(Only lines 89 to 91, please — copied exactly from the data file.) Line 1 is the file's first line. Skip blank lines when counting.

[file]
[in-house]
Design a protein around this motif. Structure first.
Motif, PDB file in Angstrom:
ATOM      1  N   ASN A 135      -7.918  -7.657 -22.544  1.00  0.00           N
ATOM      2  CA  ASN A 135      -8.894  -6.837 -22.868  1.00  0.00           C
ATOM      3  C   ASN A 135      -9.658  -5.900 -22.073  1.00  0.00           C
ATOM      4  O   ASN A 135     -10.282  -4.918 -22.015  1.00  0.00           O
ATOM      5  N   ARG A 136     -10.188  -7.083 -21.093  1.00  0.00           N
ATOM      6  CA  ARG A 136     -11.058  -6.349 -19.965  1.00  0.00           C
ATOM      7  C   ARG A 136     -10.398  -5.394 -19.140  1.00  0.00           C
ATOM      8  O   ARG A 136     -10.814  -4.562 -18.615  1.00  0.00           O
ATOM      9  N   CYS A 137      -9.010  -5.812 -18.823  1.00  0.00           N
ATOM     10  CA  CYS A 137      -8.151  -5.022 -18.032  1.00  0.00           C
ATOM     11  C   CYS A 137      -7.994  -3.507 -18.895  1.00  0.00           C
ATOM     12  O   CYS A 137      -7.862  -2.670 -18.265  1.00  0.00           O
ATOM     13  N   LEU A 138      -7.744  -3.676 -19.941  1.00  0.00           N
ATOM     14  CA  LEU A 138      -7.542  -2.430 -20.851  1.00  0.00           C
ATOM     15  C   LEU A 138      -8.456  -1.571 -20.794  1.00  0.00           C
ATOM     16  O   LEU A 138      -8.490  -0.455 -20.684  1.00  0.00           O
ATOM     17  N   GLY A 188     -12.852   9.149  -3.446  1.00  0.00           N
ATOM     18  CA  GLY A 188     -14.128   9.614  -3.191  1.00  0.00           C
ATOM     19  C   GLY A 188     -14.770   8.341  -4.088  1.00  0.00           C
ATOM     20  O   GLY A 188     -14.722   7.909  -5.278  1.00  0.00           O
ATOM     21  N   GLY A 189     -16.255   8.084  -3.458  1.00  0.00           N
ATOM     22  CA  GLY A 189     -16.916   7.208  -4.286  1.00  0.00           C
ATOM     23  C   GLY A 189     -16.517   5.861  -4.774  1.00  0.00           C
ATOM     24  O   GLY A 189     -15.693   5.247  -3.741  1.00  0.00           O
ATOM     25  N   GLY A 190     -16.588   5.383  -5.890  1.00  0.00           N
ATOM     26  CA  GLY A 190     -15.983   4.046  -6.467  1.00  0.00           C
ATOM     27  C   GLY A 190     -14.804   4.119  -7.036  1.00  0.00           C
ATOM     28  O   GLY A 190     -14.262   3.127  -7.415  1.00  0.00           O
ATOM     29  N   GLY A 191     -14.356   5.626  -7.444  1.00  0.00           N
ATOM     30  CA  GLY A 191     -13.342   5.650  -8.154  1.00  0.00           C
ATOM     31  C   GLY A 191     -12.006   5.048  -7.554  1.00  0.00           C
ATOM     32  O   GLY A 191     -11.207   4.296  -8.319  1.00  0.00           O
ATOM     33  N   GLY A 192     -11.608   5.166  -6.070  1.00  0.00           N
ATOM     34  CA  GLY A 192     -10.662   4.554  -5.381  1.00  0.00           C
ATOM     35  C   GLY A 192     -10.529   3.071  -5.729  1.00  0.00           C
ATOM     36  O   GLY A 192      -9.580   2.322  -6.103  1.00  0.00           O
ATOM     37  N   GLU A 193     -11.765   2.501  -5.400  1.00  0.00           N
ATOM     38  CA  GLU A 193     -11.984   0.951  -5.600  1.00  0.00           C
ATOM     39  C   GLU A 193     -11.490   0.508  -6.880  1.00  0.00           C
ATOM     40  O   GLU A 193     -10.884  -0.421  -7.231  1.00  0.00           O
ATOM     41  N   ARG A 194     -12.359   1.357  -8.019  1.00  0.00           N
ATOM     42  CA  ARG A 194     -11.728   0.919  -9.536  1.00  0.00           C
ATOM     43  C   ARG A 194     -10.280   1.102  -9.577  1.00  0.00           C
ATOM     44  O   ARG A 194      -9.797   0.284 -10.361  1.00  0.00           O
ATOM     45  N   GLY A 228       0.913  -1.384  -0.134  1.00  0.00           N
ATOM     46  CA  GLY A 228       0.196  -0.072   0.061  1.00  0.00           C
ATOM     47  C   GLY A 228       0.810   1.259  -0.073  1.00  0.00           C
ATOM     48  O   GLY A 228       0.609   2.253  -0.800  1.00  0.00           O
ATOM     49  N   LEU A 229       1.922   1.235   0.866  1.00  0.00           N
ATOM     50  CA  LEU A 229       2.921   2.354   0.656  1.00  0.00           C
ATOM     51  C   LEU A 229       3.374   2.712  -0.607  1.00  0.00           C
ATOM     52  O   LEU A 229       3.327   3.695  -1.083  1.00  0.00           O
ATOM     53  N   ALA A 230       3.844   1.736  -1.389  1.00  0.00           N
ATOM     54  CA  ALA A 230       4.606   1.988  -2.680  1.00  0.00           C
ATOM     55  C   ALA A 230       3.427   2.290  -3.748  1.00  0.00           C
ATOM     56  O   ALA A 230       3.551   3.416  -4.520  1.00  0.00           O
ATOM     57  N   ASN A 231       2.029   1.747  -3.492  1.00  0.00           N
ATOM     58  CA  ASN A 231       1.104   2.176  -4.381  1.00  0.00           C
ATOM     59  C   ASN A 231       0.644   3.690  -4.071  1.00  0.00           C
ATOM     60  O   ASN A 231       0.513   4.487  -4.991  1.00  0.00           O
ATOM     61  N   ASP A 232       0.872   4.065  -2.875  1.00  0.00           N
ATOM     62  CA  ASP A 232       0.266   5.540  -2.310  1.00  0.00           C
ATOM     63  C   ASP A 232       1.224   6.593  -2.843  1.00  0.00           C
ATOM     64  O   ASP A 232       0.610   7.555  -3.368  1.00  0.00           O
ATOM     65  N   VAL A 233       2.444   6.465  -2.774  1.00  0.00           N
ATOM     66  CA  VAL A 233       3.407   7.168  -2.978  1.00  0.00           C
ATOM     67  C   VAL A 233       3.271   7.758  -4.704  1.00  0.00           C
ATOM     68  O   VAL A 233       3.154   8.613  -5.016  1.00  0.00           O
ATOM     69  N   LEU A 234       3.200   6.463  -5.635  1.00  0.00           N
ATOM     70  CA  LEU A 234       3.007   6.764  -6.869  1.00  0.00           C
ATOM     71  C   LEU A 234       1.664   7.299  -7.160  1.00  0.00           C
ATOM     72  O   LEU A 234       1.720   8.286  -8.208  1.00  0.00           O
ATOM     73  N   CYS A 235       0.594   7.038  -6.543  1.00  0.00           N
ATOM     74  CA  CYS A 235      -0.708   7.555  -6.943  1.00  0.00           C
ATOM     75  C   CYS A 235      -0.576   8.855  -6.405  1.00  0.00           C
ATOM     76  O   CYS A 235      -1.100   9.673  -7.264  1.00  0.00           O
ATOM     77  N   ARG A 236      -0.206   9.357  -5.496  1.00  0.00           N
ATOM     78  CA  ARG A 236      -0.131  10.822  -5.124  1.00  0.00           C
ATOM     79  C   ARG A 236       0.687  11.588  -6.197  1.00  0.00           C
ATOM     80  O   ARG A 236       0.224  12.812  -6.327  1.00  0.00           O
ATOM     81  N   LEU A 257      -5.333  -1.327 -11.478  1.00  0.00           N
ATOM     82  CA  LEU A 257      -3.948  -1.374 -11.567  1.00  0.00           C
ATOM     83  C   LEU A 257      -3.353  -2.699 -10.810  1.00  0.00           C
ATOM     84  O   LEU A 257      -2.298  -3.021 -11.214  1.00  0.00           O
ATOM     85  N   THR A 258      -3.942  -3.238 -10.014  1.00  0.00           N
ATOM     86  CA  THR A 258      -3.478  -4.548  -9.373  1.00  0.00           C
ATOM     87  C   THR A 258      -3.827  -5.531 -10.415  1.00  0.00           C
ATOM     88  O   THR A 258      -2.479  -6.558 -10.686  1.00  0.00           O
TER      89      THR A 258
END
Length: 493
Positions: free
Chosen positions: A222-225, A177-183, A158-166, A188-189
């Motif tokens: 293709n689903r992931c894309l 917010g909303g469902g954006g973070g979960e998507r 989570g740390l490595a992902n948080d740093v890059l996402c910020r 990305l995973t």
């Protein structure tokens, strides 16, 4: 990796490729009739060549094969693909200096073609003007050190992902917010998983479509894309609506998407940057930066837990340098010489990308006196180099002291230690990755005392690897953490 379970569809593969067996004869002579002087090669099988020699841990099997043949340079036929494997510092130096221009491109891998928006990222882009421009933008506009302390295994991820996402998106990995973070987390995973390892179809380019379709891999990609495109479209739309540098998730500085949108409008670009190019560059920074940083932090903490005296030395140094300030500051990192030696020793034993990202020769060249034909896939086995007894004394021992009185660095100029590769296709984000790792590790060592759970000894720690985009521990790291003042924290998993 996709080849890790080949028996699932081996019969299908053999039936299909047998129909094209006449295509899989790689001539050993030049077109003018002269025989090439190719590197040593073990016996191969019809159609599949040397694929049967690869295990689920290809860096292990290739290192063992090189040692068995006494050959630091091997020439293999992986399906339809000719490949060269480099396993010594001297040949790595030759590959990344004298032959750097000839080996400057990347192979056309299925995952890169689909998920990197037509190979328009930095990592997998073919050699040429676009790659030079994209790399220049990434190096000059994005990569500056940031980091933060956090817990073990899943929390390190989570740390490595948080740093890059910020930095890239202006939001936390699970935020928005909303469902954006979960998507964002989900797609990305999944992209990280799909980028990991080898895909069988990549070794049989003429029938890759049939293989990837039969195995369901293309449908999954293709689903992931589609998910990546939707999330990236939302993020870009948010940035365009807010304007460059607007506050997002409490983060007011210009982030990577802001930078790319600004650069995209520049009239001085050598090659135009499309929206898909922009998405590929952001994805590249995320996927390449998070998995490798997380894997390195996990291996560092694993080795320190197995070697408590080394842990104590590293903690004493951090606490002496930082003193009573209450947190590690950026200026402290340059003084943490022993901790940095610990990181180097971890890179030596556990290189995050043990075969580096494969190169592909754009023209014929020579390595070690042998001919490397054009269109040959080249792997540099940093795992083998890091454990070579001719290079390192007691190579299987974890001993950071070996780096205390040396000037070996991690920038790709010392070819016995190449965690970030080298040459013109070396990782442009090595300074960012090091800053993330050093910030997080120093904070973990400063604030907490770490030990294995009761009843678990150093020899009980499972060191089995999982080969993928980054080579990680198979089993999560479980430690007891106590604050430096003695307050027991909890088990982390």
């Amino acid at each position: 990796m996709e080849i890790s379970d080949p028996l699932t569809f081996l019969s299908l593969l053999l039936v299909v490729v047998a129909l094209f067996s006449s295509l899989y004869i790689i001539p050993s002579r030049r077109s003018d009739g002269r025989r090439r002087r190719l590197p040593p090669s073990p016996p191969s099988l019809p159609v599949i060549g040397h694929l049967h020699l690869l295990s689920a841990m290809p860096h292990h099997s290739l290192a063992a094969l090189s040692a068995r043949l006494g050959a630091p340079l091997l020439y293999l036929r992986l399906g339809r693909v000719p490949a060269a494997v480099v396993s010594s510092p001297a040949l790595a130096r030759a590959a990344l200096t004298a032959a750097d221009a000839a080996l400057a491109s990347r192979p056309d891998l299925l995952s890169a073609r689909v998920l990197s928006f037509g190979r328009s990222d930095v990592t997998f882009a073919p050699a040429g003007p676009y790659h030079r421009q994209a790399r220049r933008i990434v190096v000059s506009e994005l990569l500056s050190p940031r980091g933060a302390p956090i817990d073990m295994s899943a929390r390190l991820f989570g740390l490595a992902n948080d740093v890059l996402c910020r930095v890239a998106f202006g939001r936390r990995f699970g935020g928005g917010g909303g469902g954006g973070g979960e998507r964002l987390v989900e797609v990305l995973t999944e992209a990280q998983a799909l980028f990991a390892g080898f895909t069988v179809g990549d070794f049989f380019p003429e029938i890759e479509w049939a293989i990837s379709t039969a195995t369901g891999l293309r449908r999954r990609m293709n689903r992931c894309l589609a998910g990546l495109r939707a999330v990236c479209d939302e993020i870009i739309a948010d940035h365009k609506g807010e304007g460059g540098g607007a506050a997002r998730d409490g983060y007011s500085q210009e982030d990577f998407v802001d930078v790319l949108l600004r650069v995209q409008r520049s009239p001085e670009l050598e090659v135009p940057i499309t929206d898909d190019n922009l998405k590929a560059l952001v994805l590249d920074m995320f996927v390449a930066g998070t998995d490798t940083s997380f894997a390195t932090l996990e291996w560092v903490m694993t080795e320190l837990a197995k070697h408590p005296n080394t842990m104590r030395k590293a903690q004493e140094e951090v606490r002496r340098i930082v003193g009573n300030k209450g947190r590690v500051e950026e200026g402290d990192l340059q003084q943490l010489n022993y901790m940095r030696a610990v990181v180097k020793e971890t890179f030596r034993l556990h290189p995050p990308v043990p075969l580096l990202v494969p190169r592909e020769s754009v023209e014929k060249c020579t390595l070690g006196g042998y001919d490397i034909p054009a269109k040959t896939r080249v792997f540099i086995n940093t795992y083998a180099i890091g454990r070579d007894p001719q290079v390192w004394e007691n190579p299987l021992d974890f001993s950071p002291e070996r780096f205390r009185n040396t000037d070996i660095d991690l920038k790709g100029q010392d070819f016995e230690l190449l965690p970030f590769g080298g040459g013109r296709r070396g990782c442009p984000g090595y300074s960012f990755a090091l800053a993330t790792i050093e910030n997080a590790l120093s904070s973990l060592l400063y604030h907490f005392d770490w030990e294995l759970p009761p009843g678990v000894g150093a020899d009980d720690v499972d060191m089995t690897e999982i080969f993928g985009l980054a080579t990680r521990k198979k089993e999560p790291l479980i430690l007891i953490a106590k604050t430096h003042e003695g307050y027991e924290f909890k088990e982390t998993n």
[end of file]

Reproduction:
ATOM     86  CA  THR A 258      -3.478  -4.548  -9.373  1.00  0.00           C
ATOM     87  C   THR A 258      -3.827  -5.531 -10.415  1.00  0.00           C
ATOM     88  O   THR A 258      -2.479  -6.558 -10.686  1.00  0.00           O